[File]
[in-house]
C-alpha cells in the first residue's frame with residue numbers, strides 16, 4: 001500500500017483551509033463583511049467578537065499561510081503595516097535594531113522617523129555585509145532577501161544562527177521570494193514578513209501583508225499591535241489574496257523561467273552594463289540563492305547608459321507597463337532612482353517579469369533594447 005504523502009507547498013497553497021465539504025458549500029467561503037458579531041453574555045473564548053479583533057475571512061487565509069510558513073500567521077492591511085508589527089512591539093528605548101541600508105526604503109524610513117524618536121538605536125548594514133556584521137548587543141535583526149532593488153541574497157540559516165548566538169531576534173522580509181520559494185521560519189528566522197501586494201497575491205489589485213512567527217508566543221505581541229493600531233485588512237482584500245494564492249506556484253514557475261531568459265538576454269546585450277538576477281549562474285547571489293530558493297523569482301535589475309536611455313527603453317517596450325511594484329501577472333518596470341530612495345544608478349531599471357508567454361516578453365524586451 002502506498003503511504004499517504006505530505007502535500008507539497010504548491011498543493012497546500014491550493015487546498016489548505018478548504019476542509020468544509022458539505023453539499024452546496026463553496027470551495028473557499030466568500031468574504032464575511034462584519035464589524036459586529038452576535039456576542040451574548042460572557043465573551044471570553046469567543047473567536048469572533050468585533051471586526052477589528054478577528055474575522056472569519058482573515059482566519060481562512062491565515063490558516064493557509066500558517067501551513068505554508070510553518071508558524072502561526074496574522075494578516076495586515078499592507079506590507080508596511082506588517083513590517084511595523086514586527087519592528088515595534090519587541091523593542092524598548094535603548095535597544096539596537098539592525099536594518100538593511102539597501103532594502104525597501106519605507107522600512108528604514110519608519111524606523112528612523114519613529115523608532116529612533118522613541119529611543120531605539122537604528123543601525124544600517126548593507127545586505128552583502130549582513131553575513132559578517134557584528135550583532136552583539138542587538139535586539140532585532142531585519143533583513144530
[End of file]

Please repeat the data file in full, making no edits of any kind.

[in-house]
C-alpha cells in the first residue's frame with residue numbers, strides 16, 4: 001500500500017483551509033463583511049467578537065499561510081503595516097535594531113522617523129555585509145532577501161544562527177521570494193514578513209501583508225499591535241489574496257523561467273552594463289540563492305547608459321507597463337532612482353517579469369533594447 005504523502009507547498013497553497021465539504025458549500029467561503037458579531041453574555045473564548053479583533057475571512061487565509069510558513073500567521077492591511085508589527089512591539093528605548101541600508105526604503109524610513117524618536121538605536125548594514133556584521137548587543141535583526149532593488153541574497157540559516165548566538169531576534173522580509181520559494185521560519189528566522197501586494201497575491205489589485213512567527217508566543221505581541229493600531233485588512237482584500245494564492249506556484253514557475261531568459265538576454269546585450277538576477281549562474285547571489293530558493297523569482301535589475309536611455313527603453317517596450325511594484329501577472333518596470341530612495345544608478349531599471357508567454361516578453365524586451 002502506498003503511504004499517504006505530505007502535500008507539497010504548491011498543493012497546500014491550493015487546498016489548505018478548504019476542509020468544509022458539505023453539499024452546496026463553496027470551495028473557499030466568500031468574504032464575511034462584519035464589524036459586529038452576535039456576542040451574548042460572557043465573551044471570553046469567543047473567536048469572533050468585533051471586526052477589528054478577528055474575522056472569519058482573515059482566519060481562512062491565515063490558516064493557509066500558517067501551513068505554508070510553518071508558524072502561526074496574522075494578516076495586515078499592507079506590507080508596511082506588517083513590517084511595523086514586527087519592528088515595534090519587541091523593542092524598548094535603548095535597544096539596537098539592525099536594518100538593511102539597501103532594502104525597501106519605507107522600512108528604514110519608519111524606523112528612523114519613529115523608532116529612533118522613541119529611543120531605539122537604528123543601525124544600517126548593507127545586505128552583502130549582513131553575513132559578517134557584528135550583532136552583539138542587538139535586539140532585532142531585519143533583513144530